Partners Healthcare has also recently set up a unit to study collaborations. Coburn himself has recently released a Medical Innovation Playbook, which details the innovative and commercial activity of the 65 largest medical centres in the U.S., a handbook for those looking to learn the lessons of these academic collaborations
Coburn cites a potential breakthrough in anaesthesia - the ability to calibrate delivery of a sedative - as the outcome of a partnership that straddles development and financing. This promising new development nearing commercialisation was the fruit of a five-way tie-up of technology partner Massachusetts General Hospital, Atlas Venture Development Corporation, which set up an arm to invest in early stage therapies, Annovation Biopharma, focusing on safer anesthesia, The Medicines Company, which concentrates on cost-effective clinical proof of concept, and Partners Innovation Fund, which funds early stage technology.
“Alliances need to go beyond traditional buyer supplier relationships, and the notion of risk sharing measures as a mechanism for business model innovation is promising. The pharmaceutical industry has already got into this, and there is more potential to come,” Chick added.
During the INSEAD Healthcare Summit in Zurich, the disruptive possibilities of intermediaries, which have grown and developed thanks to smartphones and the Internet 2.0 was explored as a potential disruptor. “It’s disruptive because the status of the physician is questioned,” Ruzicic said.
Intermediaries comprise a range of startups that empower patients to become better informed on their health and medical conditions online, such as DocDoc, which allows patients in Singapore and South Korea to search and book medical appointments online, part of a growing online movement of companies which empower patients to better inform themselves.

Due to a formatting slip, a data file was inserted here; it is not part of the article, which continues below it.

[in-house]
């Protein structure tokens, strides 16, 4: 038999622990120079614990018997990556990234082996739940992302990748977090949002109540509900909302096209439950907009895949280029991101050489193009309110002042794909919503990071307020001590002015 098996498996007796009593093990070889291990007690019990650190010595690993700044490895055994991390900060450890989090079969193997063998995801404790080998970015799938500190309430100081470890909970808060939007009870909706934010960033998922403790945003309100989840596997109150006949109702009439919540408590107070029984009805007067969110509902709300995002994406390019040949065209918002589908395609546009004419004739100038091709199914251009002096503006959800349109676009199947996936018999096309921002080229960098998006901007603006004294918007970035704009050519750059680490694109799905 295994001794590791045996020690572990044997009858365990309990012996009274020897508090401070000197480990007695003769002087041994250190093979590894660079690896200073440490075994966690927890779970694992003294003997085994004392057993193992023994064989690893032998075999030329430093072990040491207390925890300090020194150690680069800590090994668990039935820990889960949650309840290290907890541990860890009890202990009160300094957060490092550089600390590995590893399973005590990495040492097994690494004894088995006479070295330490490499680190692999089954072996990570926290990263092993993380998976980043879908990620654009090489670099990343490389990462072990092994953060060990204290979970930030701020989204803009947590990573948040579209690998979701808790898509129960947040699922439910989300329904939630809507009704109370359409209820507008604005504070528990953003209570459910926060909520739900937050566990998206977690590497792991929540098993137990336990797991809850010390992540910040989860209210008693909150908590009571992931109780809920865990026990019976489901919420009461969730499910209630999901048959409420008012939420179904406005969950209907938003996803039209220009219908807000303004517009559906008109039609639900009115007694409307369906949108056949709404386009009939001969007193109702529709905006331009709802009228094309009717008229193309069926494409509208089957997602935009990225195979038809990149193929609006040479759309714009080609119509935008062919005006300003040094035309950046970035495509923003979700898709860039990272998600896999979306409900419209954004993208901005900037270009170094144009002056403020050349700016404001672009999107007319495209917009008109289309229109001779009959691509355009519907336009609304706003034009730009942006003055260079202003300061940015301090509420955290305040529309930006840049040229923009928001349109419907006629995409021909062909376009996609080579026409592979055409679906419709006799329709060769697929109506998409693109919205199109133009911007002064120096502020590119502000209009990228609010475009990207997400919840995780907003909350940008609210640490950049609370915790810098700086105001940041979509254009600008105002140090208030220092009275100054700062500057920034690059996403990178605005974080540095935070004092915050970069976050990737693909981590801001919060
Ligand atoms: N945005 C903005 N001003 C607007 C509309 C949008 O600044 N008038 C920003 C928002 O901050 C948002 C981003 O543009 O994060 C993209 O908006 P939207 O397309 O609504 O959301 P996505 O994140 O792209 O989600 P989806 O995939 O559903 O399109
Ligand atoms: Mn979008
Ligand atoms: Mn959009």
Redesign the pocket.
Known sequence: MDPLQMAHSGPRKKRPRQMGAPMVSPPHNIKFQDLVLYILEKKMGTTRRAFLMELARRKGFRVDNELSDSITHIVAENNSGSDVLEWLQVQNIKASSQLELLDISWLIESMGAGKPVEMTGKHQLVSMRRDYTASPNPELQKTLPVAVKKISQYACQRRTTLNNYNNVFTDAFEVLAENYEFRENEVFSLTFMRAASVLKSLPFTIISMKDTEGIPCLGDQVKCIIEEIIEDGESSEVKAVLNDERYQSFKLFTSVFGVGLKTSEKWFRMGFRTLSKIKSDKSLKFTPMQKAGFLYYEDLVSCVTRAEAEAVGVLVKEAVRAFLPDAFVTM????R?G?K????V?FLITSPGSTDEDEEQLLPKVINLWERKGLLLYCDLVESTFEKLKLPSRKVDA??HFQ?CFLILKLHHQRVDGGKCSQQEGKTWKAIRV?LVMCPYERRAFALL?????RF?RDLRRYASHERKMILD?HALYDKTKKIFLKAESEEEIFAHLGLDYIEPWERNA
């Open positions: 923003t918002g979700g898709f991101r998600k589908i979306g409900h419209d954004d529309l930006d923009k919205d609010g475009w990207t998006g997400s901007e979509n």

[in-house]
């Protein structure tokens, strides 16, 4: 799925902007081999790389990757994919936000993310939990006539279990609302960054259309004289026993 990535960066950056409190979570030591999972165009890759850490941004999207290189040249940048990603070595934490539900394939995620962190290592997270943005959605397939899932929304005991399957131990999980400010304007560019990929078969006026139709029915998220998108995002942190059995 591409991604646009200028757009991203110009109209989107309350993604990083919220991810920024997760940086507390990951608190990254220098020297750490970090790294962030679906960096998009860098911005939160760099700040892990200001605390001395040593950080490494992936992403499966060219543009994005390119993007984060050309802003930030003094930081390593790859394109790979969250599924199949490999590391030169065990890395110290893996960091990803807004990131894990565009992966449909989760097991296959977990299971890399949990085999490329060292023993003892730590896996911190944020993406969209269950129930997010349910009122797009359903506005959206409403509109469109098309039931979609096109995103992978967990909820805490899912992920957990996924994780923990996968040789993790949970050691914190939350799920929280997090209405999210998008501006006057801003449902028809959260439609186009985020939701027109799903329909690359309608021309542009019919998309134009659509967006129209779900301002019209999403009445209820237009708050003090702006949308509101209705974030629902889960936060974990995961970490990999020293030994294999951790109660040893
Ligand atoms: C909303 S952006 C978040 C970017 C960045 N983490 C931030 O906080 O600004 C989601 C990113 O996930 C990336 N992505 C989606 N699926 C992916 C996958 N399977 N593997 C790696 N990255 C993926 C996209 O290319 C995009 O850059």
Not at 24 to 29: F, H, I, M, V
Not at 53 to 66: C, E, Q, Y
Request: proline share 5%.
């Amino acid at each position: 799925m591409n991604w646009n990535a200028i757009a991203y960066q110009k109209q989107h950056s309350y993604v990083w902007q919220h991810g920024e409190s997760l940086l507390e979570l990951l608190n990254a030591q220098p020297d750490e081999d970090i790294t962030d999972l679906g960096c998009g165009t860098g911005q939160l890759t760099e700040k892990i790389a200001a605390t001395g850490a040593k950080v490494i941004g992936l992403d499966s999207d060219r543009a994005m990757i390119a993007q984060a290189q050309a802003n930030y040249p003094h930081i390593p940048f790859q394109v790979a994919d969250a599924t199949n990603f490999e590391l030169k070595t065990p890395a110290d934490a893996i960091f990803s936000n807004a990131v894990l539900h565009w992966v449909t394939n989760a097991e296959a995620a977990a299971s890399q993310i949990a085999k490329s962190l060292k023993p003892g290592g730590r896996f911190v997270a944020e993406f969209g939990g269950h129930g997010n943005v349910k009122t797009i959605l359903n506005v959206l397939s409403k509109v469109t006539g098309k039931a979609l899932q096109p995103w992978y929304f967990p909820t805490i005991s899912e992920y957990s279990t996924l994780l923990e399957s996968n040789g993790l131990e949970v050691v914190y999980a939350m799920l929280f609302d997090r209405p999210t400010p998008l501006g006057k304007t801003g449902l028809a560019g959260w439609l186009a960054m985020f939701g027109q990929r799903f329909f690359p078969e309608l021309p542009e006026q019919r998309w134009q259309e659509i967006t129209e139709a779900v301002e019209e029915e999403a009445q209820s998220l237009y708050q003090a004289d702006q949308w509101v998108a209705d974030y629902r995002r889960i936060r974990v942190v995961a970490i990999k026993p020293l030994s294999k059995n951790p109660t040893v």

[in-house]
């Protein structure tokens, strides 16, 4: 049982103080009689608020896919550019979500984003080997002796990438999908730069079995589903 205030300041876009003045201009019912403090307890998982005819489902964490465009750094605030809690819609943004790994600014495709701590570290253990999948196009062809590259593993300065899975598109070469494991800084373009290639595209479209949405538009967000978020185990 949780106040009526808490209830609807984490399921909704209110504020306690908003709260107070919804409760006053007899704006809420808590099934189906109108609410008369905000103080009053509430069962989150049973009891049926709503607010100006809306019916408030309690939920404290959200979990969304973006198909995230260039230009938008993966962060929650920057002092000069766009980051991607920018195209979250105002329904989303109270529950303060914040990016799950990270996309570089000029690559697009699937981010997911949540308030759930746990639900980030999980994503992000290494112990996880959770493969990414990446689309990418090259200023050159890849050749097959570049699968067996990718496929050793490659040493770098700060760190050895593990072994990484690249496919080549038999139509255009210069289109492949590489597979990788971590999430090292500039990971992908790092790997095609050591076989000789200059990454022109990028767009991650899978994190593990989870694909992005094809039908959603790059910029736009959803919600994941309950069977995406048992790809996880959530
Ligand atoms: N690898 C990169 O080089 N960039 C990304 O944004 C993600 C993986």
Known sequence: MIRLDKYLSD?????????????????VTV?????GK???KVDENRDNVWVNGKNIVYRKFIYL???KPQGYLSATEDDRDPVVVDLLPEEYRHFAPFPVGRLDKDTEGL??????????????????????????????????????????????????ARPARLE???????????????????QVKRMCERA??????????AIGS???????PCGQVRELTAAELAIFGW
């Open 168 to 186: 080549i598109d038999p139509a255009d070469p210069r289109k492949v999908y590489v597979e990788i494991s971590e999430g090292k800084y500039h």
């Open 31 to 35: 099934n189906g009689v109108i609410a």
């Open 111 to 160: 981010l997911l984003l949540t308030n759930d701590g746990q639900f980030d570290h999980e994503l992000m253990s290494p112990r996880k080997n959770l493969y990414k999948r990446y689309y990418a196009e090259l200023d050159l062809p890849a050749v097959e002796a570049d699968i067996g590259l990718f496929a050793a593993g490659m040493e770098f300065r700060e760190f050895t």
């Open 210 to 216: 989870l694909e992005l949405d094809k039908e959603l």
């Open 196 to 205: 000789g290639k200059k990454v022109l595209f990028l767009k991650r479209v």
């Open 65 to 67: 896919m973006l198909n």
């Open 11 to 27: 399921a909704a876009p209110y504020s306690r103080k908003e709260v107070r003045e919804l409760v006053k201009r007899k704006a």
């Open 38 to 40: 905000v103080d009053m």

Another transformative development on the horizon is hospitals and medical centres, which are aggregating themselves into chains across hundreds of entities, much in the same way as hotels or legal services. These national and increasingly international chains are able to pool management knowledge and costs to better focus on improving medical outcomes. One example is U.S. Renal Care Inc., a chain offering services to treat kidney disease that has managed to capture about half of the U.S. patient market. What is more, U.S. Renal Care offers a novel payment plan: fixed reimbursement per patient, independent of provider. “This is a business with a lot of margin,” Ruzicic said.
Share and share alike
To defray the expense of starting up a laboratory in China, Riccardo Braglia, CEO of Helsinn Holding SA, a global pharmaceutical company with an emphasis on cancer therapy, told INSEAD Knowledge about the company’s co-development with a local partner. Helsinn worked with a local partner, a Chinese-American executive who was formerly with Genentech in the U.S., to set up a laboratory and research unit in a Shanghai industrial district. So far, the third-party R&D unit has been the source of five patents for Helsinn that have been extended internationally.
In Japan, to develop a treatment for anorexia in cancer patients, Helsinn split the technology, investment, clinical development, and financing costs with its local partner ONO, which obtains the rights on the drug.
Scaling up slowly
As a way to gradually expand in a mega-market like the U.S., Helsinn launched a three-step plan to finance an independent sales force. Helsinn struck a three-year agreement with its U.S. distributor, Japanese pharmaceutical company Eisai. In the first instance, Helsinn agreed to take back the rights for a product on the U.S. market, and get limited rights, to talk to doctors and hospitals in a limited geographic area. In step two, the company negotiated the ability to do the same on a larger scale with a new product under FDA review, Netupitant to treat nausea in cancer patients. In the last phase, Helsinn will have full commercial rights for the entire U.S. market for Netupitant next year, and then scale up its sales force to 100, from an original 14, once the therapy is registered in three years’ time.